Victorian black metallers A Forest Of Stars stream their new album in full

A Forest Of Stars promo pic 2018

A band whose albums have always felt like stepping across a threshold into a new world where familiar co-ordinates warp to take on vividly terrifying dimensions, Leeds sextet A Forest Of Stars are proving no exception with the release of their fifth opus, Grave Mounds And Grave Mistakes.

Due to be released on September 28 via Prophecy Productions imprint Lupus Lounge, Grave Mounds… is their most intense creation yet. Once more shoving black metal into to a parallel Victorian universe where spiritualism, psychosis and spittle-flecked intimations of Armageddon run riot, their latest is a straining against the gurney straps as it’s consumed by opium nightmares awash with visions of loss, death, decay and inevitability.

In HG Wells style, we’re about to shunt you forward in time as we offer an exclusive preview of Grave Mounds And Grave Mistakes in all its heart-rending wonder and take you on a synapse-saturating journey to the most incendiary of destinies.

Put the cat out, take one last draw from your pipe, enter the dire and delirium-inducing straits of Grave Mounds And Grave Mistakes below and then scroll down further for details on their painstakingly created special edition!

Special attention should also be payed to the artwork of Grave Mounds And Grave Mistakes: all visuals are not digital/virtual creations or photographs of existing scenery. A Forest Of Stars have been crafting the artwork physically, composed of miniature models commissioned, built and photographed over a period of two years. The models and structures are cut from card and each detail is hand-made. This approach finds its climax in the collector's edition box set, which was not only designed but also handcrafted by the Club, limited to 500 copies. This dedication to the visual and haptic presentation of music is without equal.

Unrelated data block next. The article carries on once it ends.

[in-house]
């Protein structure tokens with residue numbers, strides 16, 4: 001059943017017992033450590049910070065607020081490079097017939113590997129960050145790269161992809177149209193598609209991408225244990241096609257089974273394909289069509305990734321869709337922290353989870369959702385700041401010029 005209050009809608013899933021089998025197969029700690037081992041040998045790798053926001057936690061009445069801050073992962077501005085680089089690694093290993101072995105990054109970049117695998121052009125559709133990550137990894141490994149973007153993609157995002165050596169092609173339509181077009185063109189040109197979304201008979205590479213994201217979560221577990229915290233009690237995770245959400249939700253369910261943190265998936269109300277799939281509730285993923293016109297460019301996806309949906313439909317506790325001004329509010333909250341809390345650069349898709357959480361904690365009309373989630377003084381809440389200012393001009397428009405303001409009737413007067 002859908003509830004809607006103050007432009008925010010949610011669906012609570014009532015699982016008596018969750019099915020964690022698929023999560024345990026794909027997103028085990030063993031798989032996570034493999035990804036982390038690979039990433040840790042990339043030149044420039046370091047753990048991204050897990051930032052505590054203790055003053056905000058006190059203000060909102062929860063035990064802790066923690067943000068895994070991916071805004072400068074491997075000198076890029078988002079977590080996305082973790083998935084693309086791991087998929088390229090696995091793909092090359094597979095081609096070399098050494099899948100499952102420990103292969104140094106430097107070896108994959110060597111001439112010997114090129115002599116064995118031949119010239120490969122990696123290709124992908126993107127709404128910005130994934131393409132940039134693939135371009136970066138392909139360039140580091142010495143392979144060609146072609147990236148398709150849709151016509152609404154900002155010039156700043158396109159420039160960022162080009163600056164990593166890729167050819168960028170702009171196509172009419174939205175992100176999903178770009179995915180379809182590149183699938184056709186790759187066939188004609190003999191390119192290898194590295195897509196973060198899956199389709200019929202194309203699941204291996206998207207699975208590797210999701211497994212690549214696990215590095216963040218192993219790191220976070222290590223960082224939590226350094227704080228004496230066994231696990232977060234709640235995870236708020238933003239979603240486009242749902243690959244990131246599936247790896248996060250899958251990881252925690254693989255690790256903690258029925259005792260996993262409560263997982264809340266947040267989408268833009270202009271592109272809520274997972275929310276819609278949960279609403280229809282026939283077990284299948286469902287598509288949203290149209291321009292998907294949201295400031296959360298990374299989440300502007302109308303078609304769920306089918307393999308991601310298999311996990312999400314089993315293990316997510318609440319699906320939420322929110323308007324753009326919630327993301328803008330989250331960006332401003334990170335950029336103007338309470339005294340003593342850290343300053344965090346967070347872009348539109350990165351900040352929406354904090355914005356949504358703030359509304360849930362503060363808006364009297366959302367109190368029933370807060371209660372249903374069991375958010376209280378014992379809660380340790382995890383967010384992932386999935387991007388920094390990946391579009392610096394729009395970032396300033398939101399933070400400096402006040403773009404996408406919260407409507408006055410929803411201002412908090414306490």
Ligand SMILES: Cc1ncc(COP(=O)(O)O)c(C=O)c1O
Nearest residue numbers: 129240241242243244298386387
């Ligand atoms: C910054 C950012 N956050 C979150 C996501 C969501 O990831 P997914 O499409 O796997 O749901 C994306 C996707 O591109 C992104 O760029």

Visit A Forest Of Stars' Facebook page here

And pre-order Grave Mounds And Grave Mistakes, in its many manifestations, here

Jonathan Selzer

Having freelanced regularly for the Melody Maker and Kerrang!, and edited the extreme metal monthly, Terrorizer, for seven years, Jonathan is now the overseer of all the album and live reviews in Metal Hammer. Bemoans his obsolete superpower of being invisible to Routemaster bus conductors, finds men without sideburns slightly circumspect, and thinks songs that aren’t about Satan, swords or witches are a bit silly.